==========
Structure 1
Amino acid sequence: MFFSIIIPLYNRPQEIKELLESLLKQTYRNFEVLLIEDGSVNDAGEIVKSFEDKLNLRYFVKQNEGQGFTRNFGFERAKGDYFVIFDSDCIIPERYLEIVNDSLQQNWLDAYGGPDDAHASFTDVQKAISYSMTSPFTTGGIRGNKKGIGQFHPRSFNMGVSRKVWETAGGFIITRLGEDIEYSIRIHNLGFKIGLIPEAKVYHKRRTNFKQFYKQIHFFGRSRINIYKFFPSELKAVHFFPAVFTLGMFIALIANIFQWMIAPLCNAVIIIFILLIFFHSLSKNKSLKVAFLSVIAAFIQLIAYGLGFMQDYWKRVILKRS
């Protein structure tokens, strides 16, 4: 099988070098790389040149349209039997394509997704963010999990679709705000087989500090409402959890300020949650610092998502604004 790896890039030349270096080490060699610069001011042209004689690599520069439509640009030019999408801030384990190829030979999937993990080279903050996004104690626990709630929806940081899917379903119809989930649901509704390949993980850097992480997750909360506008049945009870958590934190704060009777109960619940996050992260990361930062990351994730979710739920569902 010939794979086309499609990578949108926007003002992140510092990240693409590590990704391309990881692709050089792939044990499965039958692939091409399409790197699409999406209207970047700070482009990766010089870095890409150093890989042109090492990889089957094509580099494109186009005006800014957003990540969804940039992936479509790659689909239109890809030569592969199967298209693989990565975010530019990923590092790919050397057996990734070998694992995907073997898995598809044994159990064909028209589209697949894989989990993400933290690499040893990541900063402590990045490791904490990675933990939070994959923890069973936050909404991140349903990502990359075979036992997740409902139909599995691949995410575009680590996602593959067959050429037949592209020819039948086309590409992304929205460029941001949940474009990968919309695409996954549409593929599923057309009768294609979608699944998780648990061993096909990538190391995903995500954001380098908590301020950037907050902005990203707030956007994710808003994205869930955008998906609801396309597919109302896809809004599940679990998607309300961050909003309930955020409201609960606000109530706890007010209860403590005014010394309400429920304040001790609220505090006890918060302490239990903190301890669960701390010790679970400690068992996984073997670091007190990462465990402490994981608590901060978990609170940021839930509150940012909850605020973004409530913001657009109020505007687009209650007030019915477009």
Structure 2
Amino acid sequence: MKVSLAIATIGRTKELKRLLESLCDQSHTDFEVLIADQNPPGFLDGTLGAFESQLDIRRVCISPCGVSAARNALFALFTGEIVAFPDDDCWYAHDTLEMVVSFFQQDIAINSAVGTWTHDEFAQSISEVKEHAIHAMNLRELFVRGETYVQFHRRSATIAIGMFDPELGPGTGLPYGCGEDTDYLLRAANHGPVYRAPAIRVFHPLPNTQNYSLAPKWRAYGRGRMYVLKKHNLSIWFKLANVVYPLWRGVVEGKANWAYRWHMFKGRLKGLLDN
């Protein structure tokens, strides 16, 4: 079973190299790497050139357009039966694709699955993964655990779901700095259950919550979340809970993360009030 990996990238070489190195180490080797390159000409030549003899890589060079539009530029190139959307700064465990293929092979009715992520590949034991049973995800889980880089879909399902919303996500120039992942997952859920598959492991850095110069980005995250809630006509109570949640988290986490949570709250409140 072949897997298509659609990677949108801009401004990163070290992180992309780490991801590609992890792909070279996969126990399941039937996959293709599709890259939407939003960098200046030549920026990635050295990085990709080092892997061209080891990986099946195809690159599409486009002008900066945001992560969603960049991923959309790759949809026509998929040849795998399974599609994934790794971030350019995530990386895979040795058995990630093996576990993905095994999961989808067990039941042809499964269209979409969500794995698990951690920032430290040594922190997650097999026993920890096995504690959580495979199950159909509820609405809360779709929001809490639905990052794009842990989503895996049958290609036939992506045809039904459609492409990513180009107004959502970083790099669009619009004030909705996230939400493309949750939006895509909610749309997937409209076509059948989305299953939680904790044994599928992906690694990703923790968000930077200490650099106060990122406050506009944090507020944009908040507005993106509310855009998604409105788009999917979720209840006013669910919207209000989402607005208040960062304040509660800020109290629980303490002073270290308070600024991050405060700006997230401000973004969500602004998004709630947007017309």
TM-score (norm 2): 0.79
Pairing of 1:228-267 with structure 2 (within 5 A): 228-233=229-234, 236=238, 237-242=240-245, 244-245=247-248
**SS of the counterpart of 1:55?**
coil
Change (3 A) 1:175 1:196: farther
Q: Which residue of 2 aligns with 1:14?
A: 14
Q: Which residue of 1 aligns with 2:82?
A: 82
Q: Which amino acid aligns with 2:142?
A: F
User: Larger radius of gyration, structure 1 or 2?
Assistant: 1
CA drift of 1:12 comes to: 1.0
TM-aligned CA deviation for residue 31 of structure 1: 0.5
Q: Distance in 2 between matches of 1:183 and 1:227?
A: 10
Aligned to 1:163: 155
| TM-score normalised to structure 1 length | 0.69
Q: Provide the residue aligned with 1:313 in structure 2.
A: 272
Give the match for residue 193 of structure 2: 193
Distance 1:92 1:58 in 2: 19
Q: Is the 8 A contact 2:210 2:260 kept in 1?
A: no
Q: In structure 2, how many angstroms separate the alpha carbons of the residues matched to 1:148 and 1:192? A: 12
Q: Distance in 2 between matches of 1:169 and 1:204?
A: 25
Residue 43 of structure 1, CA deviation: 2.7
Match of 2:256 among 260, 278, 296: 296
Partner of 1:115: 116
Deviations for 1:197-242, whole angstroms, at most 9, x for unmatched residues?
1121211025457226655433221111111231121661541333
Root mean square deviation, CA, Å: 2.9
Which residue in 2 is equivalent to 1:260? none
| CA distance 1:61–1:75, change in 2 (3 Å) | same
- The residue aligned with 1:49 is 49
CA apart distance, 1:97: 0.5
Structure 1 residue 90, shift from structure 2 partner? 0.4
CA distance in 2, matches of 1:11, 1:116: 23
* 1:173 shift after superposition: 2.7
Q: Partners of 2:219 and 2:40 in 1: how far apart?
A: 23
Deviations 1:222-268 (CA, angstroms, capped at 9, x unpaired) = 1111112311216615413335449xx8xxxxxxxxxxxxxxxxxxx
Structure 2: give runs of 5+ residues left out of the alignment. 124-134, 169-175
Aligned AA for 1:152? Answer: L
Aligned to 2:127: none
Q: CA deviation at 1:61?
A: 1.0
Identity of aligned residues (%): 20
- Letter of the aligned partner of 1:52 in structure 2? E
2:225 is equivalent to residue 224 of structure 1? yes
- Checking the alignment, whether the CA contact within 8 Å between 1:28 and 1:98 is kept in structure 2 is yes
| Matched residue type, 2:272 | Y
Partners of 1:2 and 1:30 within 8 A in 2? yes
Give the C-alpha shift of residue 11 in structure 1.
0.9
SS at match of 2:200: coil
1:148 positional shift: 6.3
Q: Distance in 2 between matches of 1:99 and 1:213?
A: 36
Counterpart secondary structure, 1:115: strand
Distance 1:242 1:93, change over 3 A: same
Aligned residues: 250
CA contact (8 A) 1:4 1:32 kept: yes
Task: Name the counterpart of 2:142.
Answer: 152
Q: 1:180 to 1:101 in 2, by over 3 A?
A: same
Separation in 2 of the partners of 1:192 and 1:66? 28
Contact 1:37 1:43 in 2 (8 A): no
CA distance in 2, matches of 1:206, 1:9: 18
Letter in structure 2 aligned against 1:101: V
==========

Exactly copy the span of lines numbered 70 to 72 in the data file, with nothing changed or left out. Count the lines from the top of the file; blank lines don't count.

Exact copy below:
Aligned residues: 250
CA contact (8 A) 1:4 1:32 kept: yes
Task: Name the counterpart of 2:142.